In spring, everything is new. Grass is green, leaves decorate the trees, birds soar through the sky and sometimes, into my windows.
A bird has been smacking into our windows for a month now. It is irritating. We’ve resorted to covering the windows so we have less bird poop to clean up, because when birds smack into your windows, they tend to make a mess.
My irritation is mild; it is just a season. Sometimes you have a carefree spring, and all your grass grows evenly, and all your flowers bloom, and it rains a little, and the sun shines a little, and everything is beautiful. Then other years, a wayward robin with a screw loose decides that he has found his mate in his own reflection seen in your unscreened windows and makes a mess and a nuisance of himself.
It’s the same with life. Seasons pass in life where there seems to be nothing but rain, nothing but night, nothing but darkness and confusion. Then the clouds give way to another season where everything is light, love, happiness and hope.
When a person is a parent they go through seasons of child-rearing. Having babies is a season. So is having school-aged children, then teenagers, then grown children who have children of their own.
When people are ill they go through a season. Illness and recovery are separate seasons, as is the self-identification of being healthy once again.
As the seasons in our lives change, so do we. We are shaped by our seasons. I am a totally different person now than I was when I was a teenager, even when I was a new mom. Events and life experiences changed me, molded me into the person I am. Seasons of life make us who we are.
Seasons can also repeat themselves. As spring gives way to summer, then to fall and winter, spring will come again. It is never exactly the same, but is familiar each year. So it is with life. I may find myself in an unpleasant season a second or even third time. Maybe there is a new lesson to learn; maybe I haven’t learned from my previous mistakes.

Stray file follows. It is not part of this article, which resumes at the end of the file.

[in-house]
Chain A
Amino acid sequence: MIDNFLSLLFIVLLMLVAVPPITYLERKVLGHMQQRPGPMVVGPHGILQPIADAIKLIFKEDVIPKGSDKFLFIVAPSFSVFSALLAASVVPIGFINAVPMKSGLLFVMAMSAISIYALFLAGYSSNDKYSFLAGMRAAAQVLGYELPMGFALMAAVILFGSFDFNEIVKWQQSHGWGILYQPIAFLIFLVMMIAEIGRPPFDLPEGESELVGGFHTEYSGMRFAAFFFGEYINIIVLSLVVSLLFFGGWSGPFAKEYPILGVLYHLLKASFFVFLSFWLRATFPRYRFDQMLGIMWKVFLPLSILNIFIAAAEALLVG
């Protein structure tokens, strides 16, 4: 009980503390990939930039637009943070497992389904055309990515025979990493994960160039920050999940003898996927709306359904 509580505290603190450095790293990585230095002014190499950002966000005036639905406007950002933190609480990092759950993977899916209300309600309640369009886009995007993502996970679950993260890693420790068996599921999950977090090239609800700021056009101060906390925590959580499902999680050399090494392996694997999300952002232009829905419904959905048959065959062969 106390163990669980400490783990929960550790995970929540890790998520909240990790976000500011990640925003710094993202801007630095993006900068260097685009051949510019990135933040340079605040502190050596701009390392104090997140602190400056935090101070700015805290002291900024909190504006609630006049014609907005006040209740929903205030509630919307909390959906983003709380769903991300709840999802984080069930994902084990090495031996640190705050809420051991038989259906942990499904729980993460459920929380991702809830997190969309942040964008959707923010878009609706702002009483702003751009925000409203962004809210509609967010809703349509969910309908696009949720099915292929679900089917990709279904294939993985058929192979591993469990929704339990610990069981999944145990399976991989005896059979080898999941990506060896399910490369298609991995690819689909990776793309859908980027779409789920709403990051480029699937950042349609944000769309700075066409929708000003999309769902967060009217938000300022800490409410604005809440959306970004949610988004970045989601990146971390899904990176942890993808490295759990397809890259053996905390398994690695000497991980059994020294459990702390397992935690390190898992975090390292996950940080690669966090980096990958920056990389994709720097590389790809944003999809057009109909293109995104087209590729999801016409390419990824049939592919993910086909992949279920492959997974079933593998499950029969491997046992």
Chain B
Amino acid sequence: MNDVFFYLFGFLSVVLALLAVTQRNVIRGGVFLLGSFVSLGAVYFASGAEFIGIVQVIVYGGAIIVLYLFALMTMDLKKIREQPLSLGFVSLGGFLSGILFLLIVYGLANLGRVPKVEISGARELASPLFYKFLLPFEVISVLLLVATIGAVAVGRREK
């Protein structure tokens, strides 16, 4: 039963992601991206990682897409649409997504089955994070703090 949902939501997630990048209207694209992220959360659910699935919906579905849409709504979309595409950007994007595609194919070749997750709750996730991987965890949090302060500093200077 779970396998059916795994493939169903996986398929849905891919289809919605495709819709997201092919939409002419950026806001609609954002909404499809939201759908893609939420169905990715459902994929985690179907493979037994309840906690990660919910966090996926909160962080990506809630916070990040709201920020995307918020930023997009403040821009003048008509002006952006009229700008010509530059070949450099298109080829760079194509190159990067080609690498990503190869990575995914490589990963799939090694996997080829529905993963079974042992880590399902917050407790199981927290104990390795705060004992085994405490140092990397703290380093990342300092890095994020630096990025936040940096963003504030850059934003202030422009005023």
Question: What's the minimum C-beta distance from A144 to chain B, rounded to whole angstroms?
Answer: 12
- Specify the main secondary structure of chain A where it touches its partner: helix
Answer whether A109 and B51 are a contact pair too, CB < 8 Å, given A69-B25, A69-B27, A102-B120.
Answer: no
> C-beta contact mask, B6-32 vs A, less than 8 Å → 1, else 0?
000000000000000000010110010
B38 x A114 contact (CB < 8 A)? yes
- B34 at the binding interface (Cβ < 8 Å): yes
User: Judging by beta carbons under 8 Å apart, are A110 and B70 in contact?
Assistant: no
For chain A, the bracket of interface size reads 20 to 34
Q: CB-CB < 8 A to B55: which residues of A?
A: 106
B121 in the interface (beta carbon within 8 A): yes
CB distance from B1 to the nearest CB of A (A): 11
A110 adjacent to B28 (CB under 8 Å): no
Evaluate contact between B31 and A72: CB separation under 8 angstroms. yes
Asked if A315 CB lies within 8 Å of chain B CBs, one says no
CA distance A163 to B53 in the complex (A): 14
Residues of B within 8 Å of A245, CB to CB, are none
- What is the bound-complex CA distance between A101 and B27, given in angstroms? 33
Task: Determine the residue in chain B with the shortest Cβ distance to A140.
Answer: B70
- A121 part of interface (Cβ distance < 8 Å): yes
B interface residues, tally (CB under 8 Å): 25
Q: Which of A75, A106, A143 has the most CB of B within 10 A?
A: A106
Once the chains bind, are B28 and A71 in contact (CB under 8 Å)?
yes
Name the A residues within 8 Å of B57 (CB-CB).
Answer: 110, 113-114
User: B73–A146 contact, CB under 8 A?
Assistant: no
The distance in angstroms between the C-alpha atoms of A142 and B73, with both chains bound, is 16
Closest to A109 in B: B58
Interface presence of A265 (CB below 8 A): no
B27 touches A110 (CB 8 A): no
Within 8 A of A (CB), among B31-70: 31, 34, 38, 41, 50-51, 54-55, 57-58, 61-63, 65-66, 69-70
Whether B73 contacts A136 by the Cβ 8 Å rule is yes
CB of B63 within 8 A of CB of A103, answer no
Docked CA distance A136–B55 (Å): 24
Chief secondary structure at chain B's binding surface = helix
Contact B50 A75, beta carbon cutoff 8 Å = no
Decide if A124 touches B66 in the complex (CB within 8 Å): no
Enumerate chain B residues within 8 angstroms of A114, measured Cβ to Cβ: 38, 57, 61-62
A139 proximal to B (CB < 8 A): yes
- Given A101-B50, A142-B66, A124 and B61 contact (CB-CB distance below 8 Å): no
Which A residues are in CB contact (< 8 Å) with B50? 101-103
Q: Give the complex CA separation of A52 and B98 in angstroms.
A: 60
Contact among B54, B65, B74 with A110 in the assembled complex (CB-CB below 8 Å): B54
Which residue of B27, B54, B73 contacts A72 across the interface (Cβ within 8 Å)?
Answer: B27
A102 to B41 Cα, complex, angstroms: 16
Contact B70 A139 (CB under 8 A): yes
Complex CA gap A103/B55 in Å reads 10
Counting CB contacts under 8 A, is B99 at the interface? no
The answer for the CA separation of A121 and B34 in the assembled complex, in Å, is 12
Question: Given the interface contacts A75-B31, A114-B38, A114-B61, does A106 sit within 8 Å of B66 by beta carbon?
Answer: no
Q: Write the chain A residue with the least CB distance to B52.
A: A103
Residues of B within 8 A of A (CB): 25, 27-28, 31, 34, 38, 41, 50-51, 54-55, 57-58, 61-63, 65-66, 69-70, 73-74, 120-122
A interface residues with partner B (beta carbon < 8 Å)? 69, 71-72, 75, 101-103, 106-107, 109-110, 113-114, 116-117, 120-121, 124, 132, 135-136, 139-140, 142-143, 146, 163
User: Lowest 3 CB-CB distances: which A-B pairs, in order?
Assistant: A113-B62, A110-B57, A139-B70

It can be irritating, just like that robin banging into our windows.
But also like the robin, God is with me. Just as he takes care of the birds and the flowers, he also takes care of my needs, sees my struggles with certain seasons. He helps me become aware of how one season leads to the next. He helps me search for ways out of a current frustrating season; he helps me recognize attributes of a wonderful one. He helps me prepare for a new season and leave an old one behind.
God may allow me to bang my head into a window for a season to avoid repeating it. The pain that results is my lesson to avoid the steps that led to that season of headaches.
Maybe he'll do the same with that robin.
For everything there is a season, a time for every activity under heaven. Ecclesiastes 3:1 (NLT)
Look at the birds of the air; they do not sow or reap or store away in barns, and yet your heavenly Father feeds them. Are you not much more valuable than they? Matthew 6:26 (NIV)